Friday, 3 October 2014

The rise of the alternative (loyalty) currency

Barter

You can’t have failed in recent months to see the rise of alternative currencies like Bitcoin.

With SIBOS, one of the worlds premier financial services events dedicating a whole day to Bitcoin discussions and Paypal enabling Bitcoin support amongst it’s digital merchants, there is no doubt that this crypto-currency is heading mainstream.

Whilst there is a lot of focus on the fluctuating price of Bitcoin and the how the currency itself comes into existence, there really isn’t that much difference between it and a more traditional currency like Sterling.  In both cases, there is essentially a digital ledger that manages payments and deposits.  Within a traditional system, these ledgers are managed by a trusted 3rd party such as the users bank and these in turn are typically managed through some form of central bank such as the Bank of England.  The money itself is held as a digital record and we simply place trust in the centralised 3rd parties that this will be managed accurately.  With Bitcoin, this ledger is decentralised and essentially owned by all users (know as the block chain).  Trust is managed through sophisticated cryptography to ensure that changes are accurately represented and can be trusted.

As with any currency then, whether centralised or de-centralised, it really just comes down to whether the users of the currency place a value on it as a medium of exchange, a trust in it as a store of value over time and a unit of account that can be used to measure any particular transaction.

In this sense, you could argue that loyalty points are a currency.  They are a closed loop currency and you work to attain it by doing specific behaviours with the value issued directly in relation to your “effort”, be this purchase behaviour, frequency or other interactions such as social activity.  This makes it a medium of exchange which is normally measured based on the corresponding value to the issuer such as the retailer.  

The problem with this currency however is that in many cases, it's simply not that good.

It has relatively low liquidity - I can have lots of loyalty currency, points or miles from lots of programmes, but essentially they are all siloed.  I can’t move them, share them or aggregate them easily.  I can of course convert them to other assets such as rewards, gift vouchers or other loyalty program currencies, however the transaction costs for this can vary, making the exchange in many cases less attractive.

I’m also constrained by how much I can earn/attain based on other behaviours.  As these other behaviours are related to share of wallet activities like grocery shopping, it’s harder to increase my earning velocity past what I naturally need - so a change in pricing for example would not necessarily result in a significant change in demand and hence loyal behaviours recognised.  Sure I can centre my purchases with one retailer and possibly up-sell to higher value products - but there is essentially a ceiling to how much I can spend and hence earn.  Coalition programmes like Nectar help this to some degree by widening the opportunities to earn, but it’s still limited based on the amount I can actually spend.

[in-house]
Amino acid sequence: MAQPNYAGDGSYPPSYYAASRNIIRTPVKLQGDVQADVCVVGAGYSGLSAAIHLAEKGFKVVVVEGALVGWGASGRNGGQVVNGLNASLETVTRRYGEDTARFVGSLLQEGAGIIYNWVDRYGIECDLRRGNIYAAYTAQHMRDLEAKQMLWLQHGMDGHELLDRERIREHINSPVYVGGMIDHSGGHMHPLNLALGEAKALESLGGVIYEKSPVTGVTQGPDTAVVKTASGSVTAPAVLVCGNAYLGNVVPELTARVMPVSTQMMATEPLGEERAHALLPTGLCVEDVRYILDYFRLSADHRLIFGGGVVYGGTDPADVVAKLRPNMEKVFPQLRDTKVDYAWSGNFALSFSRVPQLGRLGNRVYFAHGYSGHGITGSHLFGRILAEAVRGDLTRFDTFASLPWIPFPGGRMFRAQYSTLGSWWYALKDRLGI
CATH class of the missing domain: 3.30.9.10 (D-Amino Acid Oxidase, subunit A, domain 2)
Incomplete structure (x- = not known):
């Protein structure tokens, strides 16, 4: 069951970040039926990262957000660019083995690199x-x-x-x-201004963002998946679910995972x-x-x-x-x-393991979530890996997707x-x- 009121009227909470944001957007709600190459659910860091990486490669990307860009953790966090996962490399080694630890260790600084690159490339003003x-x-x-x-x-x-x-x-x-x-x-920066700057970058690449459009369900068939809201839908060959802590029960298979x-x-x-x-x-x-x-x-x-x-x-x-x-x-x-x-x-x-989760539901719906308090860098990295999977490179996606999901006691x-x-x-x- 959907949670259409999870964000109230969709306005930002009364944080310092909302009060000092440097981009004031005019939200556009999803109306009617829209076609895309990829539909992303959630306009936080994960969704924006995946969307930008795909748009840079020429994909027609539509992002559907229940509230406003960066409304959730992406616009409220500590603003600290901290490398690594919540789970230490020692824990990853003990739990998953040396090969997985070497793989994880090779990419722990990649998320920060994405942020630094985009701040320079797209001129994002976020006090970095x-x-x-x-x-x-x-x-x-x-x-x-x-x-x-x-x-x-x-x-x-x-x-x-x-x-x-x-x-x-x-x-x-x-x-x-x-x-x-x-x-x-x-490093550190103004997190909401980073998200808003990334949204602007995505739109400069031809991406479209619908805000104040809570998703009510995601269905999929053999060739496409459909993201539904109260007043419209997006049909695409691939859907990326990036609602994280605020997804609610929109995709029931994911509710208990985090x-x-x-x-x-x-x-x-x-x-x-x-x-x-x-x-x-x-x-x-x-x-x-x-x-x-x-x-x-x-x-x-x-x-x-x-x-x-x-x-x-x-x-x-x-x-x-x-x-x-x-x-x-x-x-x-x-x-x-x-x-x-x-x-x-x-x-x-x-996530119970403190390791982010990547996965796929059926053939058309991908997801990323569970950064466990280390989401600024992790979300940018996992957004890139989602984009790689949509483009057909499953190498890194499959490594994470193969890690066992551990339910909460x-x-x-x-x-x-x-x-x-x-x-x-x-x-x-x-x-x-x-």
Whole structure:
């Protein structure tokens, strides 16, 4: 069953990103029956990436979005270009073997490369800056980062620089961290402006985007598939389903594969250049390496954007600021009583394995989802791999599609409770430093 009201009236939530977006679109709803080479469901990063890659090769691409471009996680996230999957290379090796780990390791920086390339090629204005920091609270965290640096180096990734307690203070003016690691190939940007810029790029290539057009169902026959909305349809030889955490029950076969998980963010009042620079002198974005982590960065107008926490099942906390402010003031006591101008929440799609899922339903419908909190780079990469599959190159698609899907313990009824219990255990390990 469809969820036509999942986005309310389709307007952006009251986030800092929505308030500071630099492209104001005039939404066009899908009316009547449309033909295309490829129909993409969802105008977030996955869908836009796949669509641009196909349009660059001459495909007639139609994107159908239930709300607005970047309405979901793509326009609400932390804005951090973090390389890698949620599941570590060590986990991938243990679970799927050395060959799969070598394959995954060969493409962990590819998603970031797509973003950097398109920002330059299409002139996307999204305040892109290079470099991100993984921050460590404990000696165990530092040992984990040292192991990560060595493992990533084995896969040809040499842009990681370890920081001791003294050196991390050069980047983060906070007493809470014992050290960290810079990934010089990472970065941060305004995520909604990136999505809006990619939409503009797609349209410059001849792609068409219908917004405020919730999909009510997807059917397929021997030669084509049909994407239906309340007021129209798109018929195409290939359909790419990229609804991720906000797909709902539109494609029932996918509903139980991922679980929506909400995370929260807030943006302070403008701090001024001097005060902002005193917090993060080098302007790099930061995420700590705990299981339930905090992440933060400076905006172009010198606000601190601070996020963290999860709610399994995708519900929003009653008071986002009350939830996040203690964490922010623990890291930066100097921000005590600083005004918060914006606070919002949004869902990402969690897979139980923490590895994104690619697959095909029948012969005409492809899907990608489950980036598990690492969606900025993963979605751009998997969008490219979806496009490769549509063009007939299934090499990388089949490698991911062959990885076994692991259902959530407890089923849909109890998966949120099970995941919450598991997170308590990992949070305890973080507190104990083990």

It’s interesting however to look at a loyalty currency as an actually currency - a retailer issued, closed loop monetary supply.

As a retailer currency, why can’t I purchase currency upfront?  Why can’t I exchange the currency with friends?

Sure there are good reasons when you look at it as a reward mechanism.  

If it’s too portable, then does it lose it’s stickiness?  If I can simply give my points to someone else, am I less likely to try to build a balance?  If my points can be shared with others will this increase breakage and mean that high numbers of points will ultimately be redeemed?

The answer is likely yes to many of these questions.

However, if people can “pay” each other in loyalty points, will this increase the attractiveness of the currency (and hence the retailer)?  If customers could convert real money into a retailers closed currency upfront, how much is this “potential purchase value" worth? 1% discount? 5% discount?  If other, complementary retailers can issue the loyalty currency, does this increase the liquidity of the currency and create more customers and more purchases?

It has been reported that Starbucks now see 30% of their purchases being made with their loyalty currency, Starbucks Stars.  Of course, Starbucks could have just reduced their prices, but in doing this, the customer saving would have been in the most liquid asset - cash - and the chances of Starbucks seeing that cash being spent back with them would have been low.  However, with their loyalty currency, they’ve managed to both discount their product whilst keeping the value within their own closed loop currency.

Now at this point, that currency is no different to any other loyalty program we’ve been doing for the last 80 years, whether physical stamps or a digital record.

However, what if Starbucks allows the currency to be exchanged between people - what if they increased it’s liquidity?

Could I pay for a taxi ride with Stars?  Could I pay for a haircut with Stars?  Could the barber issue my change in Stars?

How much is a Star worth to me if I have all the coffee I need - would I trade it for less than it’s value at Starbucks to someone who values it more?

This may sound a little farfetched, but it’s happening today.  The Economist reported last year that in many markets in Africa, mobile airtime is becoming a defacto currency, with retailers issuing small amounts of change in mobile airtime rather than cash.  People are settling personal debts through the transfer of airtime and with the ability to move airtime credit globally, it’s not just a local phenomenon, it crosses borders and continents.

It’s even more interesting when you look at this through the lense of the new crypto-currencies like Bitcoin.

Rather than being “earned” based on behaviours, these crypto-currencies are typically mined - in a virtual sense.  Based on a complex algorithm which takes (ever increasing) computer power to work through, the algorithm rewards the computer user with coins every so often.  For a currency like Bitcoin, there is a finite number of coins to be found and as more are found, the remaining ones get even harder to find, taking longer and taking more processing power.  In this way, the Bitcoin market is essentially constrained, making a Bitcoin value flexible depending on what the market will pay.